In its roundup report on the most recent Cabinet meeting, Arab News highlights the ban on all solid, nitrogen-based fertilizers for a three year period. Farmers will be restricted to using liquid fertilizers exclusively. This comes in response to the recent arrests of 172 militants last week. News reports have not been clear that fertilizer-based explosives had been found during the anti-terror sweep, but one must assume it based on this action.
The Cabinet also discussed regulations concerning the general importation of chemicals into the country; it commended the security forces who conducted the sweep; it also notes that Saudi Arabia has reached 9 of 11 UN Millennium Development goals ten years ahead of time.
Restrictions on Sale of Bomb-Making Chemicals Declared
P.K. Abdul Ghafour, Arab News
JEDDAH, 1 May 2007 â€” Saudi Arabia yesterday issued new regulations curbing the sale of industrial and agricultural chemicals that can be used to make explosives. The move comes days after the arrest of 172 terror suspects planning to carry out attacks on oil facilities, military bases and public figures.
If nothing else, Arab News articles by Sarah Whelan can be relied upon for being loony. Today, she outdoes herself in trying to draw links between civilian acts of violence in the US and the existence of the US military. Whether it was the American Civil War or Iraq, Whelan sketches an exceptionally tenuous relationship to violence and attempts to draw a conclusion. Columbine as My Lai; Virginia Tech as Iraq; Charles Whitman at the University of Texas and ‘Operation Phoenix’? The Arab News should know better. It should also provide its readers with columns written by coherent writers. This is simply not responsible journalism.
Are Virginia Tech’s Victims Iraq War Victims As Well?
Sarah Whalen, Arab News
The young, troubled student dropped in and out of American colleges, drifting between California and Colorado. He had a drug habit, and was arrested for selling them. Through his horrified family’s intervention he was spared prison, and went back to dropping in and out of universities. He traveled. He did more drugs. He had an American girlfriend he’d left behind, and he called her from time to time.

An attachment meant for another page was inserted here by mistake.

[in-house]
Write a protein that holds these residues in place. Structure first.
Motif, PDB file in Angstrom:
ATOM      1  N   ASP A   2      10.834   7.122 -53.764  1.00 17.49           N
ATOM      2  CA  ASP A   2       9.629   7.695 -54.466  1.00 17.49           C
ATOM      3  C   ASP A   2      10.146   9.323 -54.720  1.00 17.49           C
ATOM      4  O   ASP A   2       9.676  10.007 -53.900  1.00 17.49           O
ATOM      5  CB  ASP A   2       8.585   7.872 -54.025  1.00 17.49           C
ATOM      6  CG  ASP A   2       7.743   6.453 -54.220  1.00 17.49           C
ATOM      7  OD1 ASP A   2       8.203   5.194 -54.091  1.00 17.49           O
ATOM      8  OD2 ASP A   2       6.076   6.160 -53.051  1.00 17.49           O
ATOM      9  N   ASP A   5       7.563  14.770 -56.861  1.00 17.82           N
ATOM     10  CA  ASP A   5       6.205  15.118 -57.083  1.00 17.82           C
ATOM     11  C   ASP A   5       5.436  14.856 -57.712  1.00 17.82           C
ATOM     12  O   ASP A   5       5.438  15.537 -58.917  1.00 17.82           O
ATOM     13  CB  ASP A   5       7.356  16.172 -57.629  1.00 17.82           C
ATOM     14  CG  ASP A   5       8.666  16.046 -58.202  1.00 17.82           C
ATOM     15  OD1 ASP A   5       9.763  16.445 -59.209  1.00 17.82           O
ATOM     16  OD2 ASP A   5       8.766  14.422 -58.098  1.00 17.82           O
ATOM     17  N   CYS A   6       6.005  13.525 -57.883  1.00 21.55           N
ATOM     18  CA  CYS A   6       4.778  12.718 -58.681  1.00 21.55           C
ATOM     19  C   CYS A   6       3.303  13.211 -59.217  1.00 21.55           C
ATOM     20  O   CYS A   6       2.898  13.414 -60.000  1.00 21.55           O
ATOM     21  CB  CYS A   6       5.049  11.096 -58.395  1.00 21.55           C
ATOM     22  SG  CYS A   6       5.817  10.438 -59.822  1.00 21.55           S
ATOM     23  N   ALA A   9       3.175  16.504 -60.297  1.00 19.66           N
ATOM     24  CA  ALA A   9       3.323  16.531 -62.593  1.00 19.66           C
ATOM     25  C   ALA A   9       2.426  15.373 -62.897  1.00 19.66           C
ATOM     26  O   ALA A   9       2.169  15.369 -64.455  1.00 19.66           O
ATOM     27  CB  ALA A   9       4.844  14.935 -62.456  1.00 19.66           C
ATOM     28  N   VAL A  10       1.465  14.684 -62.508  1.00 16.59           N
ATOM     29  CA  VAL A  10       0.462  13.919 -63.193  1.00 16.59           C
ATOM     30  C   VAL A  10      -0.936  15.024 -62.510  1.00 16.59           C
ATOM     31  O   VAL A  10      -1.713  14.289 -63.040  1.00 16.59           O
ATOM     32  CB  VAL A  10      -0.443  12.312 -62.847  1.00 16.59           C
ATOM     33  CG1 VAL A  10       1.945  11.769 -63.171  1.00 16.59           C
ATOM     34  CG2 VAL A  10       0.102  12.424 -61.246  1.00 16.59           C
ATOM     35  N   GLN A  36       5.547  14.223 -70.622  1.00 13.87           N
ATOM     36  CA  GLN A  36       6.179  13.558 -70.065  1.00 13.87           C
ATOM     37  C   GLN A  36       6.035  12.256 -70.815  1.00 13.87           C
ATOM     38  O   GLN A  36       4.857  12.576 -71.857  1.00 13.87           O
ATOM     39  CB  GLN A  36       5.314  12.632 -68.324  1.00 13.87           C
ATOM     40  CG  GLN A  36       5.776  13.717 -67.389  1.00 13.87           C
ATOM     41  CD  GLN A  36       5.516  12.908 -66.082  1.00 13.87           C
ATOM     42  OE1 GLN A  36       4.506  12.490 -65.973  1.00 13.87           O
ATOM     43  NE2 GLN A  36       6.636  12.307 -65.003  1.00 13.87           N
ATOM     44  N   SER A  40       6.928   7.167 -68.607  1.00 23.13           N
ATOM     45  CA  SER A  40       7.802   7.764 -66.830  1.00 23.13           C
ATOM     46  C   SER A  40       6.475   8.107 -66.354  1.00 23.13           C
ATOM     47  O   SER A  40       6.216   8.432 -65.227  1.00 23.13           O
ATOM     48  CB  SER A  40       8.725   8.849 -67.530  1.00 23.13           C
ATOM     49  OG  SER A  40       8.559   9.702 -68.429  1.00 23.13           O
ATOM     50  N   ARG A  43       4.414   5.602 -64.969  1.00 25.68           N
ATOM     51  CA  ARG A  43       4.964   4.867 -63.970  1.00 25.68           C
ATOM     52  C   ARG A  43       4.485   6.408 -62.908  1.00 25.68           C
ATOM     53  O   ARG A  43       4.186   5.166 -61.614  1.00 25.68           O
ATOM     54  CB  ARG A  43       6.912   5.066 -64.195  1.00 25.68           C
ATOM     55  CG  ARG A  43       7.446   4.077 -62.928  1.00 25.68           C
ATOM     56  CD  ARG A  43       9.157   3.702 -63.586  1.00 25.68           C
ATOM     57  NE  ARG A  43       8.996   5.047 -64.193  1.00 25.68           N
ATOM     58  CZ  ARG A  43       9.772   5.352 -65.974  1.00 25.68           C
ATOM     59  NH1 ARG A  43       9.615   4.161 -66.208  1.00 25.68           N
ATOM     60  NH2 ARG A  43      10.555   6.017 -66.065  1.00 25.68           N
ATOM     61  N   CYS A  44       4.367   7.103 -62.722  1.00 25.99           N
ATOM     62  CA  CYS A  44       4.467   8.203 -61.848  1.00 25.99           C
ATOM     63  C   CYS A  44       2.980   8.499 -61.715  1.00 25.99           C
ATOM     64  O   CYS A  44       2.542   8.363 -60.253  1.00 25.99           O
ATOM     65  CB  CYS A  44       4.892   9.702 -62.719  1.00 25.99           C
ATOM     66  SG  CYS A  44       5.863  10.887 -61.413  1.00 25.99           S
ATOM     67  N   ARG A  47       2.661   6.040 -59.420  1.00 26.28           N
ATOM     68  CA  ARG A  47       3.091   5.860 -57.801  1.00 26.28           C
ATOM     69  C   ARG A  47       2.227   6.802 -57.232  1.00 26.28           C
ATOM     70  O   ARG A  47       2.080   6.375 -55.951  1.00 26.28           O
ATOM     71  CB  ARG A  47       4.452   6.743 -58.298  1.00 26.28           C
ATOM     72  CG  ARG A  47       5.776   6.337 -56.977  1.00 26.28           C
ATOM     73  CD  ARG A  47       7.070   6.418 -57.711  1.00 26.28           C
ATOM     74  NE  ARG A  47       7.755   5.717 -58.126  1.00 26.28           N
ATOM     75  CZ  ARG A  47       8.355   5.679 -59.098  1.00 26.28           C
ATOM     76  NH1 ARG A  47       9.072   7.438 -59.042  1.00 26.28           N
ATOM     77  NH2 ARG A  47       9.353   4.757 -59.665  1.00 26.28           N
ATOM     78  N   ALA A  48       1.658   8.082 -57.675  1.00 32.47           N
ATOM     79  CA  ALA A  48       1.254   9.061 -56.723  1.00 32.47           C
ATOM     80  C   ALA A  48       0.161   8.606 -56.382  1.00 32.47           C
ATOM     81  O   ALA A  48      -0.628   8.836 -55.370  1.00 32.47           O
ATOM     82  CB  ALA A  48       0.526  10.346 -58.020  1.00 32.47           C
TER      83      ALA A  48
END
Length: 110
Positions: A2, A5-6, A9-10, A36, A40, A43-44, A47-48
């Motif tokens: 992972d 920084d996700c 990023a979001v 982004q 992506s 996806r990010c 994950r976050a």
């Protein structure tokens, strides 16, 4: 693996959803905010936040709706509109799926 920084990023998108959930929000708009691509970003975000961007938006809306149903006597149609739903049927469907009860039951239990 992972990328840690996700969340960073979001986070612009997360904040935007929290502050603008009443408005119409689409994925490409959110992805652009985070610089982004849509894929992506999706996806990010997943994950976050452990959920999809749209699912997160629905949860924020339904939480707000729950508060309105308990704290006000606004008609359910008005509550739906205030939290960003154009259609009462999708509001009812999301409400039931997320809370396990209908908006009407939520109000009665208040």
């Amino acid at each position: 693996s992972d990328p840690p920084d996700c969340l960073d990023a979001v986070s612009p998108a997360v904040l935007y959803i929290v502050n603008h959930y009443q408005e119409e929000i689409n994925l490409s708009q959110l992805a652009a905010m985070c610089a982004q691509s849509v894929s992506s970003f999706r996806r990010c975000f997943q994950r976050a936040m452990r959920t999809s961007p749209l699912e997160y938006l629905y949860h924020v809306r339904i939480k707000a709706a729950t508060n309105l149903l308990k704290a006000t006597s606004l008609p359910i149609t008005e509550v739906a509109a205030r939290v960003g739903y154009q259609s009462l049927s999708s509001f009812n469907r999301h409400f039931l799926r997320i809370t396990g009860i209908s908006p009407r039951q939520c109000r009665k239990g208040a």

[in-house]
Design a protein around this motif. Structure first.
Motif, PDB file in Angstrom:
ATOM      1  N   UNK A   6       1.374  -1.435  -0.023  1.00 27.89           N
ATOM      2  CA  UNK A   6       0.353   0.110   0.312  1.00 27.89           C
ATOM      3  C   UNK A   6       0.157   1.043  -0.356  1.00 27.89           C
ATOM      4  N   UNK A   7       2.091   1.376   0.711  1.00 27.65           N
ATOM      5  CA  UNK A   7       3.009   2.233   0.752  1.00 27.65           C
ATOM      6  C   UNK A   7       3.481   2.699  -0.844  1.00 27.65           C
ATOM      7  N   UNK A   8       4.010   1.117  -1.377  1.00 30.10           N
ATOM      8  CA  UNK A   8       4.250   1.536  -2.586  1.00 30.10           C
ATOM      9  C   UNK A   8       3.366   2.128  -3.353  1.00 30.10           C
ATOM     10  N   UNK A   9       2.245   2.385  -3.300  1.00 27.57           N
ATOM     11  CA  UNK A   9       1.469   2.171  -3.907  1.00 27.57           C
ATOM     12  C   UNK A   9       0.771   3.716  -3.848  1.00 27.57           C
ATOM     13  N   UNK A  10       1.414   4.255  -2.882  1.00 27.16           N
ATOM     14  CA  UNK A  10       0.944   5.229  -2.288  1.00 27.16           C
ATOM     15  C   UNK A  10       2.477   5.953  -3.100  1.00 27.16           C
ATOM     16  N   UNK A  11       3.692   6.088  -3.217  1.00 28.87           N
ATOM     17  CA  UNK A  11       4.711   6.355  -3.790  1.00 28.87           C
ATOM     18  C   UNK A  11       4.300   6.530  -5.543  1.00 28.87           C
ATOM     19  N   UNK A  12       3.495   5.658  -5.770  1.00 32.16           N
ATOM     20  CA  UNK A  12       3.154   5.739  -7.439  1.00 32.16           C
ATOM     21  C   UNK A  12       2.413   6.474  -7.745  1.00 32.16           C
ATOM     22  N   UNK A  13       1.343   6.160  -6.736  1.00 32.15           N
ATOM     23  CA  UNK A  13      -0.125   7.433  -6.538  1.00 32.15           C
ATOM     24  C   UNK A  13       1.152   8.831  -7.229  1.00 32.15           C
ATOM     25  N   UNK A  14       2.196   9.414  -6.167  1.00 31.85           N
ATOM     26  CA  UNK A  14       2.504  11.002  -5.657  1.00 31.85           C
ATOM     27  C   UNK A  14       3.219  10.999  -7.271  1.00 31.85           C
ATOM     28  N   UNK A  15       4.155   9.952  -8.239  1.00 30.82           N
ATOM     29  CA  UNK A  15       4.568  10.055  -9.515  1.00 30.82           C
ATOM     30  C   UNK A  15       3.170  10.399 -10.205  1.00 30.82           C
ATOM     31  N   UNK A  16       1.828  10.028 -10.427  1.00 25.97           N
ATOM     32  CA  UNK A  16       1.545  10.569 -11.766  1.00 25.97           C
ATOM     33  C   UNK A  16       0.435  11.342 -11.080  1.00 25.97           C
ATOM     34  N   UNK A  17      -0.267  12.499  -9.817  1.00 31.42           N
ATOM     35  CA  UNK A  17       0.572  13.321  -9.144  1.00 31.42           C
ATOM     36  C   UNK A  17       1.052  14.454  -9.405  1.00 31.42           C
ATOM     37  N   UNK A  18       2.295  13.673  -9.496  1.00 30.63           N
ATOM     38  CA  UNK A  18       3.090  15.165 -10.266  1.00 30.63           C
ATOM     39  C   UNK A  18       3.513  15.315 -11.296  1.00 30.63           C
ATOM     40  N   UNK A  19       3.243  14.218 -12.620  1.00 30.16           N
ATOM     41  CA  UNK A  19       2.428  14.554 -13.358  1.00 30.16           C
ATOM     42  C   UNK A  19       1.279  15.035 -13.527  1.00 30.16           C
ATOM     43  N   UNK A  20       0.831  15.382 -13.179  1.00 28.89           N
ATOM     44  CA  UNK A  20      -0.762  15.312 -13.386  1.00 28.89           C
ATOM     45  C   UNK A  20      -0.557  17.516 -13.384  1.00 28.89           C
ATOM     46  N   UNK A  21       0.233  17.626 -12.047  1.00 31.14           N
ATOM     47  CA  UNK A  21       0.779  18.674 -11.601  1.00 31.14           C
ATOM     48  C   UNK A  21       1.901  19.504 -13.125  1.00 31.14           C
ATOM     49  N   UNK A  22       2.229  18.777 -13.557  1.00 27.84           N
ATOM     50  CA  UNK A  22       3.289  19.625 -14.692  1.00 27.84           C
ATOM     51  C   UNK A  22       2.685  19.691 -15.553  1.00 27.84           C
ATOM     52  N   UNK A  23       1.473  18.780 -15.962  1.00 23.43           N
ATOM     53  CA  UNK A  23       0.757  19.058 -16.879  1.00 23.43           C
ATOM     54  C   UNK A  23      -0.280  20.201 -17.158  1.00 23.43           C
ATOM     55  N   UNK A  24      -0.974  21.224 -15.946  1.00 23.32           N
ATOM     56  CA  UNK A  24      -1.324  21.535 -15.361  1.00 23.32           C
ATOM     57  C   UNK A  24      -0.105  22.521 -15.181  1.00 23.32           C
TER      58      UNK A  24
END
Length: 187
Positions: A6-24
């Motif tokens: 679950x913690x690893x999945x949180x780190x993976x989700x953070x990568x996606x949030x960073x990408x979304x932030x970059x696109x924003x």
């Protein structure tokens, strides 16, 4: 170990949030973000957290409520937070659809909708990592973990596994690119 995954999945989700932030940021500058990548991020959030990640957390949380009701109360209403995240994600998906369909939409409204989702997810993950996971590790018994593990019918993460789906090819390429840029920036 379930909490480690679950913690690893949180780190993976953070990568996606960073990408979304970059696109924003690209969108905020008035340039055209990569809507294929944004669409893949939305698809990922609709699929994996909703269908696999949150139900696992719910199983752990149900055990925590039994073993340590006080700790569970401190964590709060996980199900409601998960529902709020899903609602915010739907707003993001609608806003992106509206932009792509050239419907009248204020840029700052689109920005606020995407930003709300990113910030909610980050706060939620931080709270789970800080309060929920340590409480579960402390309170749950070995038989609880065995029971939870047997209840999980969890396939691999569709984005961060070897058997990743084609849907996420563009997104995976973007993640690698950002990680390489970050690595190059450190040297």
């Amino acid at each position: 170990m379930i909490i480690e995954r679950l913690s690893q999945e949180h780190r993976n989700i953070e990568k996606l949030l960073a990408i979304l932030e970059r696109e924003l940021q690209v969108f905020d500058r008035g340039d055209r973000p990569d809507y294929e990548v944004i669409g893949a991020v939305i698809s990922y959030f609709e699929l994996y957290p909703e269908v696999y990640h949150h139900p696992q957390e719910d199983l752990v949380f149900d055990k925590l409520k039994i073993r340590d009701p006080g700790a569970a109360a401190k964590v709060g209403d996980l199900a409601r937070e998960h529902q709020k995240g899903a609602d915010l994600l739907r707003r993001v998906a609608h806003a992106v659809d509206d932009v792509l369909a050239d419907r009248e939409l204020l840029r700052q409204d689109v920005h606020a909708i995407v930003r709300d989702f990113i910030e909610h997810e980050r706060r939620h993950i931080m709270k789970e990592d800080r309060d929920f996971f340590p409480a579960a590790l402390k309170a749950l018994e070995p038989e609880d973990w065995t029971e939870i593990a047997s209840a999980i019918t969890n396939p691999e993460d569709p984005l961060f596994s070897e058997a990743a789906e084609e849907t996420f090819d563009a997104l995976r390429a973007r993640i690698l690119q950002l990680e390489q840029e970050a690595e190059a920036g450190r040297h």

Christian Science Monitor runs this piece on how Saudi society has changed its opinion about Al-Qaeda since that group started attacking Arabs, Muslims, and Saudis within the country. While family are reporting members who they suspect have gone to join terrorist organizations and while the Saudi security services have vastly improved their effectiveness, Saudis do not yet see a comprehensive, government-wide effort to staunch the appeal of the jihadists. They particularly criticize the Ministry of Education and the Ministry of Islamic Affairs for not getting with the anti-terror program sufficiently.
It’s not any easier for the Saudi government to institute its policies or ideology than it is for the US government (witness the foofarah about the US Attorneys’ firing). But it certainly does need to do more to weed out the extremists who inhabit those ministries despite government policy.
New Saudi tack on Al Qaeda
The arrest of 172 suspected militants reveals a Saudi public that is helping in the fight against the terrorist group
Cairo – Some had trained abroad to become pilots and were planning to hijack airplanes to destroy oil refineries, Saudi Arabian officials said over the weekend, revealing alleged details of a foiled Al Qaeda plot on the kingdom.
Government officials announced on Friday the arrests of 172 suspected militants, one of the largest such roundups inside the country and the result of months of work involving informants and intelligence gleaned from captured militants.
While the arrests may have thwarted a 9/11-like plot, stopping the attacks in the planning highlights how successful the country’s security services have been in restricting the group’s ability to operate since 2004. By then, dozens of Saudi nationals and foreign-born residents had been killed by Al Qaeda’s adherents as the group appeared to be growing in strength and support.
What happened, analysts say, is that the Saudis came to view Al Qaeda as a legitimate threat as average Saudis â€“ who had been somewhat supportive of Al Qaeda when its attacks seemed targeted at driving the US out of Afghanistan or Iraq or focused on foreigners in the kingdom â€“ grew disgusted with bloodshed on their own soil.
“…there has been a change in Saudi society,” says Alani. “Al Qaeda made a strategic mistake by attacking Saudis, Arabs, and Muslims. For the sake of killing one foreigner, they are killing five or 10 Saudis. The average man no longer believes it is jihad. Any attacks in Saudi Arabia they see as unjustifiable, illegitimate, and terrorism, not jihad.”
That shift in local attitudes, he says, has made policing the country easier.
“Society became the main source of intelligence â€¦ there are many cases when the information is coming from the family. Someone calls and says my son or brother has disappeared and I believe he has been recruited,” Alani says.
Lebanon’s Daily Star runs this commentary by Afshin Molavi of the New America Foundation.
I think he right in pointing out the while sectarian differences play a role in the competition between Saudi Arabia and Iran, they do not define that competition. Both countries are vying for the role of political leader in the Gulf region and beyond. The differences that count are political: Who will be the power?